Monthly Archives: April 2008

More on small houses

I remember way back when I lived in Seattle, in the early 1980s, someone I knew lived in a small detached homes in a cluster of 6 to 8 small homes nestled between Lake Washington and a hillside.  They were all rentals, I think, old and not in the best of shape.  But the whole thing, the community of small homes, seemed wonderful to me.

Well, an architect in Washington has been creating similar communities, dense clusters of small cottages, in the Puget Sound area.  It was written up in Metropolis.  Here is the site plan for one of the newest communities, Spring Valley Cottages, located in Port Townsend.  

Spring Valley site plan

The homes range from 600 to 1,200 square feet and the parking is in an open lot.  Prices range from the low $200,000s to the low $400,000s.  The architect is Ross Chapin Architects.

Mandating small homes in Marin County

They’re not exactly forcing builders to build small, but making it more challenging to build large. Since 2002, any new home or addition built in unincorporated Marin County, California, larger than 3,500 square feet must be designed to use no more energy than a 3,500-square-foot home.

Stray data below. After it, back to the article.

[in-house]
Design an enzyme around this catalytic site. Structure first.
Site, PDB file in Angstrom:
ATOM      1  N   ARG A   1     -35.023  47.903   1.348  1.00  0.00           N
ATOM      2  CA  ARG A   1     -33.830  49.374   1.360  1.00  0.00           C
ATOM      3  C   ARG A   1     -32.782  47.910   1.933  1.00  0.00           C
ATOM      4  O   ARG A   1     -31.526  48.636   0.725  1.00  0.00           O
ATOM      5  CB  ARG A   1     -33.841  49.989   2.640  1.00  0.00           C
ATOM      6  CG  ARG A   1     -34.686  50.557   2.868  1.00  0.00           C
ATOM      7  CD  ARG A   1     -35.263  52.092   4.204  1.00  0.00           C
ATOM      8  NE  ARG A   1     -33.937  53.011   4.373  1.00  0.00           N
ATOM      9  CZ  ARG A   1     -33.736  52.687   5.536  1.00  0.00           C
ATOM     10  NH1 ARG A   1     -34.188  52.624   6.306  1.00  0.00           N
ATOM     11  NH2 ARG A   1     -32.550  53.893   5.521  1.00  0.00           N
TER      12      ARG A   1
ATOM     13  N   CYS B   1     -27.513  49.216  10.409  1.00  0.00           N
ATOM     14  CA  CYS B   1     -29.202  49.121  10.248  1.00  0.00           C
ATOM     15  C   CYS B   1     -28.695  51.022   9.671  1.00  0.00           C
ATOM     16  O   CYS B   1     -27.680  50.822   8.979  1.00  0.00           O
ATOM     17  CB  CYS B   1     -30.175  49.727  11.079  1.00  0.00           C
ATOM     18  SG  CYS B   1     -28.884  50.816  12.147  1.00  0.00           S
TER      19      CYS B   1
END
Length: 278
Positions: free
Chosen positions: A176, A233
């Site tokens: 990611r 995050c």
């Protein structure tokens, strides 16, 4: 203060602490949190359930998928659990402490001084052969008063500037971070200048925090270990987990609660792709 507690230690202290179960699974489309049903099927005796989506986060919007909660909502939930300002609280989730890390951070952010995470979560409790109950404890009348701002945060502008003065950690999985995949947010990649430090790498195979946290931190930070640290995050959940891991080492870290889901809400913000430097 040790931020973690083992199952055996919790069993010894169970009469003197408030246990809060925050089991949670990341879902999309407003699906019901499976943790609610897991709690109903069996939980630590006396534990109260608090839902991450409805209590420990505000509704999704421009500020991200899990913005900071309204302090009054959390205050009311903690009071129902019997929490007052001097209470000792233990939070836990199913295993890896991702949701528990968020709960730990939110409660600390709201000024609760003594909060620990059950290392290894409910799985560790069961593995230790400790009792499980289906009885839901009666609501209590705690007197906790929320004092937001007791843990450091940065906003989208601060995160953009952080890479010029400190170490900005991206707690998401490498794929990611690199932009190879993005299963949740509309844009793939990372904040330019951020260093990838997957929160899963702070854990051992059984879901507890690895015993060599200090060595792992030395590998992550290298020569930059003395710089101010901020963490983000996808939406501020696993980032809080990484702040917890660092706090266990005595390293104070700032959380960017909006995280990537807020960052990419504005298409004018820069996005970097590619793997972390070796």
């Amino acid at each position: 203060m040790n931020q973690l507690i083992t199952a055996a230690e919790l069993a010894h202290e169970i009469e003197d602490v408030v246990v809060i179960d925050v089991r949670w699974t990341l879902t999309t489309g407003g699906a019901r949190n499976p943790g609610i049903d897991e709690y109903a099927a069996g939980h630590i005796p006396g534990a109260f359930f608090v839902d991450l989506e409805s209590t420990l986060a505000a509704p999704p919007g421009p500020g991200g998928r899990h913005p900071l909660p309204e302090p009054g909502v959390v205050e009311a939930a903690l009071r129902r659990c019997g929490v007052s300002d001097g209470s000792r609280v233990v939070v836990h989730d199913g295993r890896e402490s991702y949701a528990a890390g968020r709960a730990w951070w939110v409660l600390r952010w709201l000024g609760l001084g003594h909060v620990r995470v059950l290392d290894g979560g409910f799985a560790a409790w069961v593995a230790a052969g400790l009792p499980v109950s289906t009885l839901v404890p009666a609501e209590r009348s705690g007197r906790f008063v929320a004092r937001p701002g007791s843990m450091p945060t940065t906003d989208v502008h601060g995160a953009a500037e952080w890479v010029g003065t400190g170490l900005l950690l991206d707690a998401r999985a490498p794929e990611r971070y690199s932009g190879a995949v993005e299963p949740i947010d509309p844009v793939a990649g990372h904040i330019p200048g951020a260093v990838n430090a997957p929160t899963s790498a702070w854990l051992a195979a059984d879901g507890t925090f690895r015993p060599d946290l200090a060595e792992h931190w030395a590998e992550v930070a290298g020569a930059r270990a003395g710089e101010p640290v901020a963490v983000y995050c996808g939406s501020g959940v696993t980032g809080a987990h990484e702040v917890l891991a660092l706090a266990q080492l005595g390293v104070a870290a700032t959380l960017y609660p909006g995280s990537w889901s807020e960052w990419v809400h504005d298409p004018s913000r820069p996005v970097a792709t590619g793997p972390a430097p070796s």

Maybe 3,500 sq. ft. is not your definition of small. But relative to many new homes, it is.

The law essentially forces builders to build with more energy efficiency as a goal, through the use of materials and alternative types of energy.

See Do monster homes use more energy?

Is smaller getting bigger?

There is an up-tick in demand for smaller, more efficient floor plans among new home buyers according to two big builders, Pulte and KB Home.  The demand for smaller furniture may also be rising.

Source: The Wall Street Journal, Nancy Keates (03/21/2008 )

 

Smaller Floor Plans in Big Demand

 

American’s appetite for big homes and over-sized furniture appears to be shrinking.

 

New-home buyers began asking builder KB Home for smaller floor plans right after the collapse in subprime lending last year, says CEO Jeffrey Mezger.

 

The demand for a huge, high-ceilinged great room is giving way to the desire for special-purpose rooms, including media rooms and home offices, says a spokesman for luxury specialist Pulte Homes.

 

In three of its four new sofa collections, Younger Furniture is offering “apartment size” sofas, which are about 10 inches shorter than full-sized ones. Citing a trend toward smaller homes, Rowe Fine Furniture says it expects its Mini Mod line will account for a quarter of its collection this fall.

 

“They’re finally getting it,” says Jodi FitzGerald, owner of Door Store Furniture, an 11-store retail chain in metropolitan New York that specializes in small-scale furniture. She estimates the number of smaller offerings has grown by about a third over the past year.

 

 

Amazing architectural photography

Widelec.org

Architektura


Hey Richard!



Hey Richard!

Originally uploaded by jenn32807.

Another great X New Orleanian